Rory Staunton: Irish Queen's family launch new campaign to coordinate with Sepsis Awareness Month in September.

The Staunton family from Queens, who lost their 12-year-old son Rory in April of 2012 to undiagnosed sepsis, has begun a new campaign to coordinate with Sepsis Awareness Month in September. The Rory Staunton Foundation, which the Stauntons founded in the months after their son’s death, will host a sepsis forum in Washington, D.C. on September 17. It will be the first ever national forum that will highlight sepsis.

Rory is survived by his mother Orlaith, a native of Drogheda, Co. Louth, father Ciaran, from Westport, Co. Mayo, and younger sister Kathleen. The foundation that the family founded maintains a regular social media presence, and the Stauntons are determined to eliminate deaths from undiagnosed sepsis.

Orlaith Staunton posted a heart-rending post on Facebook last weekend outlining the family’s continued agony over Rory’s loss. It reads:

My son Rory lies in a lonely grave in Ireland.

It’s hard to write these words but it is true. Rory lies in a grave in my hometown of Drogheda in St. Peter's Cemetery.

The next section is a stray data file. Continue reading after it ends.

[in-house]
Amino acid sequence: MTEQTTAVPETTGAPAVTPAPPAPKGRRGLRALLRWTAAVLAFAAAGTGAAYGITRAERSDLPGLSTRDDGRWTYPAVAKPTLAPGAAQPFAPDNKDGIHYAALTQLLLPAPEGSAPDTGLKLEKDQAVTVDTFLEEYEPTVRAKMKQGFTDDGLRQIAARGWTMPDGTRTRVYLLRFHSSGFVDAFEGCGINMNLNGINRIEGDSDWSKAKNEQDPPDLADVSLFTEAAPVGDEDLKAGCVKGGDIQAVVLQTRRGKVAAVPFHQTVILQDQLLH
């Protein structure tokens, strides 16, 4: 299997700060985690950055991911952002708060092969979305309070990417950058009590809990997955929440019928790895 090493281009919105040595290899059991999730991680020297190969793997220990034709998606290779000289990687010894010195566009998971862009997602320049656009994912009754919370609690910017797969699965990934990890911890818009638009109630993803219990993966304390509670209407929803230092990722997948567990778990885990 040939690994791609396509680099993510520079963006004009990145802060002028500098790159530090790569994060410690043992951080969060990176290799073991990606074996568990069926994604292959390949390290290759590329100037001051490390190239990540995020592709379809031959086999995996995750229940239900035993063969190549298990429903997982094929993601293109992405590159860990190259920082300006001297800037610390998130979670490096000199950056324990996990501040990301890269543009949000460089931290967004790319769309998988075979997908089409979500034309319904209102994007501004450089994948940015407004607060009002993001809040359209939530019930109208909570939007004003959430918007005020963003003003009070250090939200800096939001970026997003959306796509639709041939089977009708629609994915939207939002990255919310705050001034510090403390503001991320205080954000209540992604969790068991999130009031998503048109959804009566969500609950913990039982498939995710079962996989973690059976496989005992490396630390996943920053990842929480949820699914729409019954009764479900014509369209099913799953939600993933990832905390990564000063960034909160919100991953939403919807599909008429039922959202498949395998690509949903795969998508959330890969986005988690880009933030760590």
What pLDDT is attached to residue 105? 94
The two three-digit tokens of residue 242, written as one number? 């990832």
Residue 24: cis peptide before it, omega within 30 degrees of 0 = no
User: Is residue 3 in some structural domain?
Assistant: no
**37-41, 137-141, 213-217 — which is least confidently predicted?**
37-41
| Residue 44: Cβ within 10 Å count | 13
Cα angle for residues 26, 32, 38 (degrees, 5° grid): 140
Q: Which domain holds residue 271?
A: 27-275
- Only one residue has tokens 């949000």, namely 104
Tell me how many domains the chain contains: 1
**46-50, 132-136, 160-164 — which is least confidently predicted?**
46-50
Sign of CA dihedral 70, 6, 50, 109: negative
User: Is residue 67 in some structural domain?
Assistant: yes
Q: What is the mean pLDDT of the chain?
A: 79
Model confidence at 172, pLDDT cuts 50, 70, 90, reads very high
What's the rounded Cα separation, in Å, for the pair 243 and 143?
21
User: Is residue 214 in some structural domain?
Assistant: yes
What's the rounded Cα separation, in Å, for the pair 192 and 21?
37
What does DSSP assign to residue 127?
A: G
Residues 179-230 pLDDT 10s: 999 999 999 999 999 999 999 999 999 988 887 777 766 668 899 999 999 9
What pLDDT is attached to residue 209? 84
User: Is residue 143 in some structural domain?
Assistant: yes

He is buried with his nana and granddad. We didn’t want him to be alone, and his nana adored him.

My husband Ciaran from Mayo, myself from Louth and our daughter Kathleen from New York went to visit him there last week.

September is Sepsis Awareness Month. Rory is the kid who died in a top New York hospital because his symptoms of sepsis were not recognized.

Read more: My son Rory lies in a lonely grave in Ireland

There is a tiny cross there that bears his name; Rory Staunton, died April 01, 2012, aged 12 years.

People visit his grave all the time, family and friends visit and strangers who have read about his death visit. He is surrounded by love; we are all surrounded by love both here and in Ireland.

There is an American flag and an Irish flag on his grave. Peter Griffin from Family Guy is there, there is a small airplane and from time to time something political shows up.

People find it peaceful there. They say they can feel the love.

This week we spent a lot of time there. One day his dad went there and shared a bottle of Coke, a Yorkie bar and a bag of chips with him. He read him the daily newspaper.

But, we don’t find it peaceful.

We stood together at his grave again this week, his dad and I. We vowed again to our beautiful son that he did not die in vain.

September is Sepsis Awareness Month.

We will be loud, we will be heard and we will remember Rory Staunton, a wonderful human being, who wanted the world to be a better place and who didn’t have to die.

For more information the foundation, visit www.rorystauntonfoundation.com, or the foundation’s Facebook page.